The Derveni Papyrus serves as the crossroad for Struck. From the evidence in the Papyrus, Struck is able to fashion a Wittgensteinian case that binds language to the world. Aristotle’s mimetic view of the world rolls out of his theory of language, which valorizes clear, referential discourse, and establishes a place where words and their meanings can find one another without difficulty. Struck points to the value of the difficulties when words and their referents do not make one another’s acquaintance so easily. Struck focuses on what Wittgenstein calls the bumps that the understanding has received by running its head up against the limits of language. Let’s say the bumps mark an expansiveness that is required when dealing with dark texts. This Wittgensteinian image of the bump on understanding is not alien to Struck’s project, for, in a section dealing with the prominent role that interpretation plays in the later history of the symbolic, he investigates some notions connected to the verbal form of the Greek term for symbol.
Apparently, the ancients might not have been uncomfortable with the later Wittgenstein (e.g. the Stoic point that we fabricate concepts for linguistic convenience is repeated in the Philosophical Investigations), but Aristotle’s views of language constitute a departure, according to Struck, not only from the Derveni commentator, but also from a number of ancient interpreters. “Aristotle’s notion of clear language, sensible as it seems, was actually a radical departure from the intellectual currents of his day” (51). One boon of Struck’s book is his capacity for reestablishing the sense that many ancient interpreters did not approach opaque texts as problems to be solved. Struck does not want anyone to miss the point that the “Greeks … imbue the senseless with the highest order of significance” (201). One would not know that from, say, Aristotle’s Poetics, a work far more influential than most of the ones that play prominent roles in Struck’s book. Partly, Aristotle succeeded not simply by being systematic but also by sprinkling into his work ominous anecdotes, such as the one he tells about Cratylus. The representational view of language absorbed Aristotle to the point that he offered vivid examples of the consequences of those who might think otherwise. “In book 4 of the Metaphysics, where Aristotle begins his investigation proper, he tells us that Cratylus became so crippled by the observation that our language may not correspond to the world that, at the end of his life, he no longer spoke but only moved his finger” (59). The Derveni commentator would probably want to explore the significance that might accrue from knowing which finger Cratylus moved.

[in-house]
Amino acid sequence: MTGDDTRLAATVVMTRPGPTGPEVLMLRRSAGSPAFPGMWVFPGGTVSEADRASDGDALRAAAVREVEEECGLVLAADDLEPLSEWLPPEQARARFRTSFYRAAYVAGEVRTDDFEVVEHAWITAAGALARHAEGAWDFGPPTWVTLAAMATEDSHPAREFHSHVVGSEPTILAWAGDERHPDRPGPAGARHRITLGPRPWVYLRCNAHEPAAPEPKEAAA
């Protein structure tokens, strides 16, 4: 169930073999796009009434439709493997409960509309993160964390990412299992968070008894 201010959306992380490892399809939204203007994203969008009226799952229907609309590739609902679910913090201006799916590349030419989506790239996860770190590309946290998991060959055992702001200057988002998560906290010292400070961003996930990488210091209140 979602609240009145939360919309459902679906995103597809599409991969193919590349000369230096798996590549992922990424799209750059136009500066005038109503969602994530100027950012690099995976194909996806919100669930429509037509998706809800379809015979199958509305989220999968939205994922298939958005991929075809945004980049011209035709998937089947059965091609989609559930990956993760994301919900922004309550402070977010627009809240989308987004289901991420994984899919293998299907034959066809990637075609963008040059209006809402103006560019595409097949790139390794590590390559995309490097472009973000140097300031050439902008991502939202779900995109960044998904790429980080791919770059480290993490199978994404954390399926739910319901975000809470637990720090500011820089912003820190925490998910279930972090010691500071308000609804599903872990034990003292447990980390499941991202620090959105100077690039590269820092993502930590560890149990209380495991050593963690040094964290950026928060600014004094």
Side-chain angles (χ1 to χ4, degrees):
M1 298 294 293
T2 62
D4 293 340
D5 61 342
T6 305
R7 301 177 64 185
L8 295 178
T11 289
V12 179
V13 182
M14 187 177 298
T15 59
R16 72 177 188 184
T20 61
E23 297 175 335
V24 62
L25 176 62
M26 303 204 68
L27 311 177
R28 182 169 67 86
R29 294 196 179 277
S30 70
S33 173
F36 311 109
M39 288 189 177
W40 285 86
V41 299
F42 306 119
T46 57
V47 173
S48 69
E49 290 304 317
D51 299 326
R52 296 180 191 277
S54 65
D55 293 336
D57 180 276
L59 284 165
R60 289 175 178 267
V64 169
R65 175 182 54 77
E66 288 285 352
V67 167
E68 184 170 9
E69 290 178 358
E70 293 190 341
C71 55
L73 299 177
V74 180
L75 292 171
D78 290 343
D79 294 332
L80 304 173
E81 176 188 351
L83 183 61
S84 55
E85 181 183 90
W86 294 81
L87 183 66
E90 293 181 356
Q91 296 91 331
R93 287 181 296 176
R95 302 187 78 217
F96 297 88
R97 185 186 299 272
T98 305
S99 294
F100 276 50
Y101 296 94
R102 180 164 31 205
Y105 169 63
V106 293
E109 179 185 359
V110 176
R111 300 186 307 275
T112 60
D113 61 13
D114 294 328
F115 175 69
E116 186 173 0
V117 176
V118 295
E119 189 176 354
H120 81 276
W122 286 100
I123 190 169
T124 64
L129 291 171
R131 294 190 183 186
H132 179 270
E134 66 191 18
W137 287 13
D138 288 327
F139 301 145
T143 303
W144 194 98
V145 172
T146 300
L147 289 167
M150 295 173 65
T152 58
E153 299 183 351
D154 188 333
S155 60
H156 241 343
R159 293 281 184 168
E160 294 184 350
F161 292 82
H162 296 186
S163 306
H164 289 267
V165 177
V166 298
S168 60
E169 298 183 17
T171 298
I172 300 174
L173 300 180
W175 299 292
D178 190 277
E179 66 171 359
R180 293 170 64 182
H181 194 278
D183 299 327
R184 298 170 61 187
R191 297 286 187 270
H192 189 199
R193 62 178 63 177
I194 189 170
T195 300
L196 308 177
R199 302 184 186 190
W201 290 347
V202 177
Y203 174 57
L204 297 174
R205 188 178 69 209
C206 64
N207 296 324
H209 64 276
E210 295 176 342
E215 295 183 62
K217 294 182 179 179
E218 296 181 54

Struck’s aims in the later chapters are to undo the anti-symbolic and anti-allegorical project (attributable in some measure to Aristotle), and to provide a persuasive case to rethink the symbol in a larger context that includes magic, philosophy, philology, religion, and literary criticism. For instance, we learn that “symbols belong as a matter of definition to the sphere of convention and social agreement” (84). They also played a pertinent role in literary criticism and in religion. The chapters on the Stoics and Neoplatonists merit close attention on that front. Struck’s command of the Stoic and Neoplatonic material should convince many readers to broaden their thinking about the symbolic/allegorical beyond the categories of rhetoric or literary criticism, though it is easy to begin exploration with those categories. “The allegorical interpretation of poetic texts occupied an important place in Stoic thought” (111). However, poetry and religion occasionally meld for the Stoics, especially Chrysippus. (By the time of Proclus and Dionysius, poetry becomes theology (271)). “[Chrysippus] tells us that a truly religious person ‘retraces’ or ‘rereads’ everything that has to do with the gods and makes what sense he or she can from it” (117). With a clear or plain text, one reading suffices, but this Stoic injunction on the religious reader turns reading into a pious, complicated activity, for “symbolic discourse consistently asks more of its audience than first appears” (165). The injunction emerges from Chrysippus’s thinking together the ontological and the linguistic, for Chrysippus thought that “words were ambiguous by nature” (131), that the nature of the gods has something to do with the nature of words. Again, in this example from antiquity, ambiguity is not taken to be a problem or a failure of composition (133). The world is legible, à la Hans Blumenberg’s not-famous-enough book,2 though reading the world requires special hermeneutical talents on occasion, the kind that Struck possesses, the kind that includes a recognition of both the Orphic powers of language and of language’s limits. As the Scottish prayer tells us, language might not deliver us from things that go bump in the night.
1. Walter Benjamin, “On Language as Such and on the Language of Man” in Walter Benjamin: Selected Writings, Vol. 1, 1913-1926, Ed. Marcus Bullock and Michael Jennings (Cambridge, MA: Harvard University Press, 1996).
2. Hans Blumenberg, Die Lesbarkeit der Welt (Frankfurt: Suhrkamp, 1986).